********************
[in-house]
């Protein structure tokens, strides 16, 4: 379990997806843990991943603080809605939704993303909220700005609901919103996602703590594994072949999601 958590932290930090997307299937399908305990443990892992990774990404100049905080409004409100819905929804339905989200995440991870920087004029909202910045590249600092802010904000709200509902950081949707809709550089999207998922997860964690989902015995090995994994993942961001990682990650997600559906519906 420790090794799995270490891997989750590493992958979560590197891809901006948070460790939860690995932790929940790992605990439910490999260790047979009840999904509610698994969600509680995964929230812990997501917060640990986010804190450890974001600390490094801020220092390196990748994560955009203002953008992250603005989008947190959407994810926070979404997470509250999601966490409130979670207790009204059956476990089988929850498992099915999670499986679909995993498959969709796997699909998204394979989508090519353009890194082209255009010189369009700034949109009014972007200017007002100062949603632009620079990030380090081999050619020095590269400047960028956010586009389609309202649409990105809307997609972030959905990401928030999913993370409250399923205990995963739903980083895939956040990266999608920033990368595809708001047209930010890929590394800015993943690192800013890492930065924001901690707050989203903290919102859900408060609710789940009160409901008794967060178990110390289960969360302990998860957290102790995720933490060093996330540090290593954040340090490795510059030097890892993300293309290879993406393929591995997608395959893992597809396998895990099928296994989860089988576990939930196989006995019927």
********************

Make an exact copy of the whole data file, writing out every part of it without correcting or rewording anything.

[in-house]
């Protein structure tokens, strides 16, 4: 379990997806843990991943603080809605939704993303909220700005609901919103996602703590594994072949999601 958590932290930090997307299937399908305990443990892992990774990404100049905080409004409100819905929804339905989200995440991870920087004029909202910045590249600092802010904000709200509902950081949707809709550089999207998922997860964690989902015995090995994994993942961001990682990650997600559906519906 420790090794799995270490891997989750590493992958979560590197891809901006948070460790939860690995932790929940790992605990439910490999260790047979009840999904509610698994969600509680995964929230812990997501917060640990986010804190450890974001600390490094801020220092390196990748994560955009203002953008992250603005989008947190959407994810926070979404997470509250999601966490409130979670207790009204059956476990089988929850498992099915999670499986679909995993498959969709796997699909998204394979989508090519353009890194082209255009010189369009700034949109009014972007200017007002100062949603632009620079990030380090081999050619020095590269400047960028956010586009389609309202649409990105809307997609972030959905990401928030999913993370409250399923205990995963739903980083895939956040990266999608920033990368595809708001047209930010890929590394800015993943690192800013890492930065924001901690707050989203903290919102859900408060609710789940009160409901008794967060178990110390289960969360302990998860957290102790995720933490060093996330540090290593954040340090490795510059030097890892993300293309290879993406393929591995997608395959893992597809396998895990099928296994989860089988576990939930196989006995019927």